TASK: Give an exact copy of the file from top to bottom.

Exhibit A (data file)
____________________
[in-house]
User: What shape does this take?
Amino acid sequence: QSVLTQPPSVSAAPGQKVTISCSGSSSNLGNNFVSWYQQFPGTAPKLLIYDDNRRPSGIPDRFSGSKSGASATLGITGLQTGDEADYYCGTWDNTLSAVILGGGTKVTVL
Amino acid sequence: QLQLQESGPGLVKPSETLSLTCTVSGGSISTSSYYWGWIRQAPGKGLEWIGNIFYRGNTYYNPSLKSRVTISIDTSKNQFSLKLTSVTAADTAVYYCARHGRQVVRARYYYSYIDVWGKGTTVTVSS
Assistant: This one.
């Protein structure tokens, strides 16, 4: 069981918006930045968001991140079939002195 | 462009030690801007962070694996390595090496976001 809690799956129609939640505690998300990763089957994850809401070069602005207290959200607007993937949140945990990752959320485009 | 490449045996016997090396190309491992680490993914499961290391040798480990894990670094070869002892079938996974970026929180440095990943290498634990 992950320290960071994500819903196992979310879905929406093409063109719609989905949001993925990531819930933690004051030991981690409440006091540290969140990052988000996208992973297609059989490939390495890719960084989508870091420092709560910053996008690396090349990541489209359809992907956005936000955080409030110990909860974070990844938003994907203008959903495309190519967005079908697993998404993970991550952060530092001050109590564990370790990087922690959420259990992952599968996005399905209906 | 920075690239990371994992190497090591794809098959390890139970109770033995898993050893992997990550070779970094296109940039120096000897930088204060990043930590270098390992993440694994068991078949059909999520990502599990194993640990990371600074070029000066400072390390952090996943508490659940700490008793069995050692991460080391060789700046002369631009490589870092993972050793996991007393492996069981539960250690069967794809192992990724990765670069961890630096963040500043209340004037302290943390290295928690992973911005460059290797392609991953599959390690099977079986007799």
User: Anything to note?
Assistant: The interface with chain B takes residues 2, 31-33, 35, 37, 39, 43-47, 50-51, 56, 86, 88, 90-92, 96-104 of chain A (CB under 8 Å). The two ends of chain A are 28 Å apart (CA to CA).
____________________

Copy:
[in-house]
User: What shape does this take?
Amino acid sequence: QSVLTQPPSVSAAPGQKVTISCSGSSSNLGNNFVSWYQQFPGTAPKLLIYDDNRRPSGIPDRFSGSKSGASATLGITGLQTGDEADYYCGTWDNTLSAVILGGGTKVTVL
Amino acid sequence: QLQLQESGPGLVKPSETLSLTCTVSGGSISTSSYYWGWIRQAPGKGLEWIGNIFYRGNTYYNPSLKSRVTISIDTSKNQFSLKLTSVTAADTAVYYCARHGRQVVRARYYYSYIDVWGKGTTVTVSS
Assistant: This one.
């Protein structure tokens, strides 16, 4: 069981918006930045968001991140079939002195 | 462009030690801007962070694996390595090496976001 809690799956129609939640505690998300990763089957994850809401070069602005207290959200607007993937949140945990990752959320485009 | 490449045996016997090396190309491992680490993914499961290391040798480990894990670094070869002892079938996974970026929180440095990943290498634990 992950320290960071994500819903196992979310879905929406093409063109719609989905949001993925990531819930933690004051030991981690409440006091540290969140990052988000996208992973297609059989490939390495890719960084989508870091420092709560910053996008690396090349990541489209359809992907956005936000955080409030110990909860974070990844938003994907203008959903495309190519967005079908697993998404993970991550952060530092001050109590564990370790990087922690959420259990992952599968996005399905209906 | 920075690239990371994992190497090591794809098959390890139970109770033995898993050893992997990550070779970094296109940039120096000897930088204060990043930590270098390992993440694994068991078949059909999520990502599990194993640990990371600074070029000066400072390390952090996943508490659940700490008793069995050692991460080391060789700046002369631009490589870092993972050793996991007393492996069981539960250690069967794809192992990724990765670069961890630096963040500043209340004037302290943390290295928690992973911005460059290797392609991953599959390690099977079986007799």
User: Anything to note?
Assistant: The interface with chain B takes residues 2, 31-33, 35, 37, 39, 43-47, 50-51, 56, 86, 88, 90-92, 96-104 of chain A (CB under 8 Å). The two ends of chain A are 28 Å apart (CA to CA).